Brian hasn’t been to Babylon since the reopening. He has to get a lot done for tomorrow, he tells Mikey and hangs up.
He closes up and drives home ten minutes later. Home is the loft, partly refurnished and fridge full of what Debbie sells as Italien cuisine. She might sell, but she hasn’t bought Brian’s shit in a while.
She visits once a week. Brian is always home.
A kiss pressed to his cheek, Tupperware shoved into his hands, a piece of rolling paper placed in front of him, and they’re sitting in the living room, lulled by sweet-grassy smoke.
“I heard it’s Willy Wanker tonight at Babylon.”
Brian tries for a smoke ring. He used to be better at this. “Yeah.”
“Not interested in that?” Debbie asks from above him, reaching for the joint.
Brian hasn’t been interested in a while. He feels like he doesn’t belong. Babylon is hot, pulsing, life — everything that Brian is not.
“Not particularly,” he says after a while.
Brian closes his eyes. He knows what’s coming. He pleads with the weed to please fucking be stronger this time.
“You should talk to him.”
The ache shoots through him like it always does.
They left it too indefinite, too unfinished. Once he was alone, he felt the divergence in every pore.
“I tried calling last night,” he reveals. He’s done pretending. It’s no use with her.
He hears her tiny gasp. “What happened?”
“Nothing. I tried. I couldn’t.” He hopes it’s enough for now.
How is he supposed to explain that the fear of what could happen is more maddening than the pain of the status quo? How can he know what’s best for him? For him and his pathetic little heart and all their combined ignorance?
Debbie leaves and with her, restraint.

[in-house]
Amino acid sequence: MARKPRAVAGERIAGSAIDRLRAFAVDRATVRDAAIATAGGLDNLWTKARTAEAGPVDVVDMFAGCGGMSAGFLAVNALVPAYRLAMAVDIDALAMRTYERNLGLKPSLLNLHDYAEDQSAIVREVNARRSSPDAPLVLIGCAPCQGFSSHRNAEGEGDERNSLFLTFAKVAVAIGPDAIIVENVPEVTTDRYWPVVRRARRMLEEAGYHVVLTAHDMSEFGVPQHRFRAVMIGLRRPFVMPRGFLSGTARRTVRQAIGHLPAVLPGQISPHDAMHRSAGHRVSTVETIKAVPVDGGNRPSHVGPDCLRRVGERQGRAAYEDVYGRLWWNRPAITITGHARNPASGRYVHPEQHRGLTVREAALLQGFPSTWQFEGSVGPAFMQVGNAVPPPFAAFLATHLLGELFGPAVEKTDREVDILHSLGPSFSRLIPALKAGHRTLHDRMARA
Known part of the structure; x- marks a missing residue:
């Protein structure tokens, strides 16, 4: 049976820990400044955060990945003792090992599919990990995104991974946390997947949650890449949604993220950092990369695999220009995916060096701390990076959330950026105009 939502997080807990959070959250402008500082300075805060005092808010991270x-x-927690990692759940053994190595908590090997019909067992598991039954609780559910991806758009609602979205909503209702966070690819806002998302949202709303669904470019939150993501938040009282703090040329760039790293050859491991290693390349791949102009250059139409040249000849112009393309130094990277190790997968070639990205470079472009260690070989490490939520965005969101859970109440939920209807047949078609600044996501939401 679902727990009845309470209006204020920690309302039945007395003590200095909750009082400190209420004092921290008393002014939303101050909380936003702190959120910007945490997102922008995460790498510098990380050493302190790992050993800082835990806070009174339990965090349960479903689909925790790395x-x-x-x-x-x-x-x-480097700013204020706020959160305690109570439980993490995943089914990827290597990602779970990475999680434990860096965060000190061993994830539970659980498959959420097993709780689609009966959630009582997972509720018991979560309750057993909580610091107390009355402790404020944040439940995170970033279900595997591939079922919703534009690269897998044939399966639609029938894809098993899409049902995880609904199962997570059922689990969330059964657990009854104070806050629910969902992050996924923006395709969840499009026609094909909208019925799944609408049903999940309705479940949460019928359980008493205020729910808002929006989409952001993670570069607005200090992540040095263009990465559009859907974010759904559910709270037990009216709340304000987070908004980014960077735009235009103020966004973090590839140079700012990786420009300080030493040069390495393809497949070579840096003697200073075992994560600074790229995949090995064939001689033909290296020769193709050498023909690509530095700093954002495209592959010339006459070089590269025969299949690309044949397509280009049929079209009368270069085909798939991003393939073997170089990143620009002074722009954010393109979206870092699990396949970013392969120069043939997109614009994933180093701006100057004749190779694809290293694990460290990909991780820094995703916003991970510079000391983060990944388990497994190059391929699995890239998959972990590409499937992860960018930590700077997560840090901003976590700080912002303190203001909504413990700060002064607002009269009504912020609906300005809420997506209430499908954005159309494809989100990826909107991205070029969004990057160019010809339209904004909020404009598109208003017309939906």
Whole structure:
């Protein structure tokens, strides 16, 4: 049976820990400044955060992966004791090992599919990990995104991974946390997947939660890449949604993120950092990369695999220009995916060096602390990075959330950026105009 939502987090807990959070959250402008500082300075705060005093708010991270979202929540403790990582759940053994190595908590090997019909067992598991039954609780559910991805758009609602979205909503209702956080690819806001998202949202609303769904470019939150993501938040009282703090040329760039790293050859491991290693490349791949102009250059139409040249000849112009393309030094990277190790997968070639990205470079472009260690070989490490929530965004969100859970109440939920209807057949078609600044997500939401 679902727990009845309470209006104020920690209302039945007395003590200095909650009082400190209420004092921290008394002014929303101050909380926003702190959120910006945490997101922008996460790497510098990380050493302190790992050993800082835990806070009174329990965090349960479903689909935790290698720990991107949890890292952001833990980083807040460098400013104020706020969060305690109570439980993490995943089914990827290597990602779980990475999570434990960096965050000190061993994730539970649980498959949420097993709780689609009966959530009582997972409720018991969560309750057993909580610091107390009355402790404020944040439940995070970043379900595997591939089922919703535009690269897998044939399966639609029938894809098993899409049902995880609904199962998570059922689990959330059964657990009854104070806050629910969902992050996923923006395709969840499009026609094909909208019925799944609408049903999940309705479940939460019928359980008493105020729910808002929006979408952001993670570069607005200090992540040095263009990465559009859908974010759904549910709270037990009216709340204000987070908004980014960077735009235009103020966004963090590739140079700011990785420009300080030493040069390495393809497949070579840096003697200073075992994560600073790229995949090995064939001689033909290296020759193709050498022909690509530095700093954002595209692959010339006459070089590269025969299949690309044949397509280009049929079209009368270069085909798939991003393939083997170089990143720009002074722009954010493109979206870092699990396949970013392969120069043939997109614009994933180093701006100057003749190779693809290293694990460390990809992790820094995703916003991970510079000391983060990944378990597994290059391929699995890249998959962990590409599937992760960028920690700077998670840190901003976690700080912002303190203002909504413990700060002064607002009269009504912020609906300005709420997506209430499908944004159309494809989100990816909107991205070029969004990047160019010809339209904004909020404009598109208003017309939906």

Brian marvels at the way his cheeks shine with wetness. He kind of forgot how he looked like, crying.
He thinks that maybe he’s going to keep it up. It would give him something to do while he waits for that fucking ache to weaken. Maybe he could drown it.
Sleep doesn’t come like it usually doesn’t. His eyes continue to water, he doesn’t know why, and he rubs his damp face into the pillows that smell too much of fabric softener and too little of him.
Brian wonders if he could ever make his heart unlearn the past years.
Brian dreams of lost chances. He wakes up in panic and texts him.
A minute later, a reply. “I’ll be waiting,” it reads and Brian feels something inside him spark. He feels his skin prickle, something bubbling to life. Over the course of the day, it keeps building up. At some point he can feel it clearly: that little crackle of a flame.
He meets the guys at Babylon that night. He dances, he drinks, gets sucked, really exists for the first time in months.
He comes home around two in the morning and starts packing.
Brian won’t dissolve yet.